The Cost of Being Kind

I recently read a social media post. A lady was thanking a stranger who had given her 20p at a hospital parking machine. The small donation had enabled her to visit her dad. It turned out to be their final farewell, as he passed away that evening.


This story shows that making a difference doesn’t need to cost a fortune; in fact, it need not cost a penny. We all have it in us to be kind. We can easily smile and greet someone with a warm welcome.

Definitions of being kind include words like considerate, benevolent, caring, generous and friendly.


When I think of being kind, a simple saying springs to mind:

“Treat others how you would like to be treated.”


One Kind Word

The theme for Anti-bullying week is ‘One Kind Word’.


One kind word can be all it takes to make someone’s day a little brighter. It costs nothing, takes minimum time or effort, yet lifts spirits.


When a stranger pays you a compliment, says ‘thank you’ or engages in a short conversation, you feel noticed. When you are having a tough day, these moments are a light in the dark. They help to build resilience.


Taking this a little further, isn’t it wonderful when someone offers a nugget of advice or goes over and above to help you get what you were looking for? They apply their resources and knowledge to give you a hand.

If you understand how these small actions make your day, then it’s easy to give your time to acknowledge and help someone else or simply pay them a genuine compliment.


The Key to Happiness

The great news is that being kind has mutual benefits. Studies have shown a correlation between helping others and feeling happy. Taking time for conversations with neighbours, colleagues and customers build a sense of belonging. When you listen to others, you learn and you build relationships. It helps you appreciate what you have and reduces social anxiety. These connections make us part of a network.


This link between being kind and feeling good is nothing new. Ancient Chinese proverb states:

“If you want happiness for an hour, take a nap. A day, go fishing. A year, inherit a fortune. If you want happiness for a lifetime, help somebody.”


There is also a belief that kindness has a ripple effect. When someone helps us out and lifts our spirits, we are more likely to be generous towards another. This is how a sense of community is formed; both in work and in the neighbourhood.


Sometimes it’s Hard to Be Kind

Helping a customer to reach an item on a high shelf or get the best deal when they renew may come naturally. It’s part of your role, you value your customers and are happy to assist. Giving a stranger 20p or saying ‘Good morning’ isn’t too taxing, but sometimes being kind is a little more difficult.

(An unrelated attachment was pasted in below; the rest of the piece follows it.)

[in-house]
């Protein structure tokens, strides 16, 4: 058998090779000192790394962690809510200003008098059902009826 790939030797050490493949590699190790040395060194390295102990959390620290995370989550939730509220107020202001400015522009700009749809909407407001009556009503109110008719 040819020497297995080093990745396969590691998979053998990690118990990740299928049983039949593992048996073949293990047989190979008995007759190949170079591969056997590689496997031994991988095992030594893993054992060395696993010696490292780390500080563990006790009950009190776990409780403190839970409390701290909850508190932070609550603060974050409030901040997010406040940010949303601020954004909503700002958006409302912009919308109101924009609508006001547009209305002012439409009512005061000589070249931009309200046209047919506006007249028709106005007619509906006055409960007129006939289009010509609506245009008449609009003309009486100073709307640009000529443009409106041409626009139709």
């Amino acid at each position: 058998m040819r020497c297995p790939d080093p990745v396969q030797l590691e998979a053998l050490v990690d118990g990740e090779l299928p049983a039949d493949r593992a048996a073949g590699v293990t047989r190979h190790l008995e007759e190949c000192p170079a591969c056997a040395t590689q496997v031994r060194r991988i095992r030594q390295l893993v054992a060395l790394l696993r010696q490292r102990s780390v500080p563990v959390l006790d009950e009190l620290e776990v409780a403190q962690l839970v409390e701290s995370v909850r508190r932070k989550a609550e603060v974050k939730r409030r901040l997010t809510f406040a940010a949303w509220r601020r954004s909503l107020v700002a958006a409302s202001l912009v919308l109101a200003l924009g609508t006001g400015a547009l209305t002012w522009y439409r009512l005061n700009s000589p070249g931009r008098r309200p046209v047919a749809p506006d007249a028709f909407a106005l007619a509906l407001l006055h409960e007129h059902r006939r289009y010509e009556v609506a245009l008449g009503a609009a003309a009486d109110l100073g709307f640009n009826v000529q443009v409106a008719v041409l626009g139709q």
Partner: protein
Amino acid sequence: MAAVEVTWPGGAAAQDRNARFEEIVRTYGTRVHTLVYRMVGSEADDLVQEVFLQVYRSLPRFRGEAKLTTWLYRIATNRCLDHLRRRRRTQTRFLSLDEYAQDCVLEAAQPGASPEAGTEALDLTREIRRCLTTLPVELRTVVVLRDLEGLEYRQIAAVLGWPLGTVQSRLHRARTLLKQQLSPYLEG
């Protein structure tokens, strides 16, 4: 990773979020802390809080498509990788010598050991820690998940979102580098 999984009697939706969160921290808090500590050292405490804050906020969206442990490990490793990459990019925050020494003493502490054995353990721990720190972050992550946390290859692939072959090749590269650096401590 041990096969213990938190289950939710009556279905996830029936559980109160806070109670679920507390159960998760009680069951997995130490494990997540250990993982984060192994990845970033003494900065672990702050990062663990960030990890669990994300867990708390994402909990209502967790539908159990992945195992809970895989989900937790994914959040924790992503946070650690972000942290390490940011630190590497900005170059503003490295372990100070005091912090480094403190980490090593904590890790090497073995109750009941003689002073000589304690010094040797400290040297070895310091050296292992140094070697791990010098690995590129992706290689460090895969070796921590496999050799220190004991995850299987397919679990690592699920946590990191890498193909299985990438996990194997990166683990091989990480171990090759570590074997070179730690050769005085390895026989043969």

Apprehension

You want to help, yet feel apprehensive about offering or getting involved. You might need to stand up for someone who isn’t being treated fairly. Are you prepared to challenge to help another? You may see a customer who is upset or distressed; do you approach them to ask how you can help? Those in vulnerable circumstances are in greatest need of kindness.


Frustration

When in conversation with some customers, it can be frustrating when you need to keep going over the same information. Drawing on your reserves of tolerance and patience can be testing. You have so many other demands on your time, yet, think of it from their perspective. There is a reason why they need more time to absorb the information. They have better ways to be spending their time too. If you can be kind and stick with it, you can help them to make the right decisions.


Defensive

When people are having a tough time, their responses may be aggressive or dismissive. Do you take offence or are you able to stay calm, be polite and show empathy? If someone complains, do you switch off or get defensive or do you listen, accept the feedback and see if you can turn things around?


Silence

At times, the best way to be kind is to think before speaking or say nothing at all. Accepting the other person’s views or actions if they conflict with your own is tough. Listening without judgement takes self-control, yet simply allowing someone to air their views is a form of kindness.


Be Kind

Saturday was World Kindness Day, but this should be something we strive for every day. Make time to notice, appreciate and help others at every opportunity. Listen and respond with kindness; your actions will have a positive impact.


© 2021 by Helen Pettifer Training. Created by Lawrence Wood - Transformational Communications.

  • Connect with Helen on LinkedIn
  • Subscribe to Helen's channel on YouTube
  • Listen to Helen's podcast on Spotify